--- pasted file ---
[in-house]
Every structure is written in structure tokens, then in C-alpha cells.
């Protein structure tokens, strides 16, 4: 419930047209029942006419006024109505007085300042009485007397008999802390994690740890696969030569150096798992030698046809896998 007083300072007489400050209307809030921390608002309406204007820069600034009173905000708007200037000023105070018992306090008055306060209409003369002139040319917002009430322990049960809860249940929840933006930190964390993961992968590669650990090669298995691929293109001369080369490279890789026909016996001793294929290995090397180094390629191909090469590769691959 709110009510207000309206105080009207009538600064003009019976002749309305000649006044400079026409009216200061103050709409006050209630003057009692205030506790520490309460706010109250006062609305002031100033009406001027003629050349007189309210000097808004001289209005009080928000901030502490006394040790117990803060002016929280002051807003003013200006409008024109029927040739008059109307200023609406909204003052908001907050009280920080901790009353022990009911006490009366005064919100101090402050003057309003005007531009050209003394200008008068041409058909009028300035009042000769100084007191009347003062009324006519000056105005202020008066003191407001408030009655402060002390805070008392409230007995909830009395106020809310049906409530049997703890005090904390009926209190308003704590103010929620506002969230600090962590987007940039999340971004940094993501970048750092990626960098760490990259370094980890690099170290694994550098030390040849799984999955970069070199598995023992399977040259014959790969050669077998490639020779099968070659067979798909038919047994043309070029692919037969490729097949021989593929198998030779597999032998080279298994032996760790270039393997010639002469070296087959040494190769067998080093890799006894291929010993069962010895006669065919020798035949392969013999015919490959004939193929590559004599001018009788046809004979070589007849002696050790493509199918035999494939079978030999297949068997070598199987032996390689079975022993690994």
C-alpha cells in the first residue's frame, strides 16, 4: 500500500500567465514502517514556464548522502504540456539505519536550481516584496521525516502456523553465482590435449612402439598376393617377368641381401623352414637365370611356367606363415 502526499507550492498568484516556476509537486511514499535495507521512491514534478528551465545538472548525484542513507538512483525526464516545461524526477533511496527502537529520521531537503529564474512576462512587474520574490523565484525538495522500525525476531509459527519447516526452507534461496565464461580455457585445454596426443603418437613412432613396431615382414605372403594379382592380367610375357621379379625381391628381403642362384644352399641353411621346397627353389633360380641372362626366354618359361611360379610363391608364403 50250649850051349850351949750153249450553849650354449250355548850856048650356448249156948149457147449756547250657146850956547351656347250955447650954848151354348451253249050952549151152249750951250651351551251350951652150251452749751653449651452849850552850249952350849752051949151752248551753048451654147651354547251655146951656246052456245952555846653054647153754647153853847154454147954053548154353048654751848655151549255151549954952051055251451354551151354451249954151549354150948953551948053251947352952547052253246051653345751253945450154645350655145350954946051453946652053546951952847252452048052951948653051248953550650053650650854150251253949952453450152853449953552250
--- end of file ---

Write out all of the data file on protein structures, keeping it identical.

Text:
[in-house]
Every structure is written in structure tokens, then in C-alpha cells.
């Protein structure tokens, strides 16, 4: 419930047209029942006419006024109505007085300042009485007397008999802390994690740890696969030569150096798992030698046809896998 007083300072007489400050209307809030921390608002309406204007820069600034009173905000708007200037000023105070018992306090008055306060209409003369002139040319917002009430322990049960809860249940929840933006930190964390993961992968590669650990090669298995691929293109001369080369490279890789026909016996001793294929290995090397180094390629191909090469590769691959 709110009510207000309206105080009207009538600064003009019976002749309305000649006044400079026409009216200061103050709409006050209630003057009692205030506790520490309460706010109250006062609305002031100033009406001027003629050349007189309210000097808004001289209005009080928000901030502490006394040790117990803060002016929280002051807003003013200006409008024109029927040739008059109307200023609406909204003052908001907050009280920080901790009353022990009911006490009366005064919100101090402050003057309003005007531009050209003394200008008068041409058909009028300035009042000769100084007191009347003062009324006519000056105005202020008066003191407001408030009655402060002390805070008392409230007995909830009395106020809310049906409530049997703890005090904390009926209190308003704590103010929620506002969230600090962590987007940039999340971004940094993501970048750092990626960098760490990259370094980890690099170290694994550098030390040849799984999955970069070199598995023992399977040259014959790969050669077998490639020779099968070659067979798909038919047994043309070029692919037969490729097949021989593929198998030779597999032998080279298994032996760790270039393997010639002469070296087959040494190769067998080093890799006894291929010993069962010895006669065919020798035949392969013999015919490959004939193929590559004599001018009788046809004979070589007849002696050790493509199918035999494939079978030999297949068997070598199987032996390689079975022993690994």
C-alpha cells in the first residue's frame, strides 16, 4: 500500500500567465514502517514556464548522502504540456539505519536550481516584496521525516502456523553465482590435449612402439598376393617377368641381401623352414637365370611356367606363415 502526499507550492498568484516556476509537486511514499535495507521512491514534478528551465545538472548525484542513507538512483525526464516545461524526477533511496527502537529520521531537503529564474512576462512587474520574490523565484525538495522500525525476531509459527519447516526452507534461496565464461580455457585445454596426443603418437613412432613396431615382414605372403594379382592380367610375357621379379625381391628381403642362384644352399641353411621346397627353389633360380641372362626366354618359361611360379610363391608364403 50250649850051349850351949750153249450553849650354449250355548850856048650356448249156948149457147449756547250657146850956547351656347250955447650954848151354348451253249050952549151152249750951250651351551251350951652150251452749751653449651452849850552850249952350849752051949151752248551753048451654147651354547251655146951656246052456245952555846653054647153754647153853847154454147954053548154353048654751848655151549255151549954952051055251451354551151354451249954151549354150948953551948053251947352952547052253246051653345751253945450154645350655145350954946051453946652053546951952847252452048052951948653051248953550650053650650854150251253949952453450152853449953552250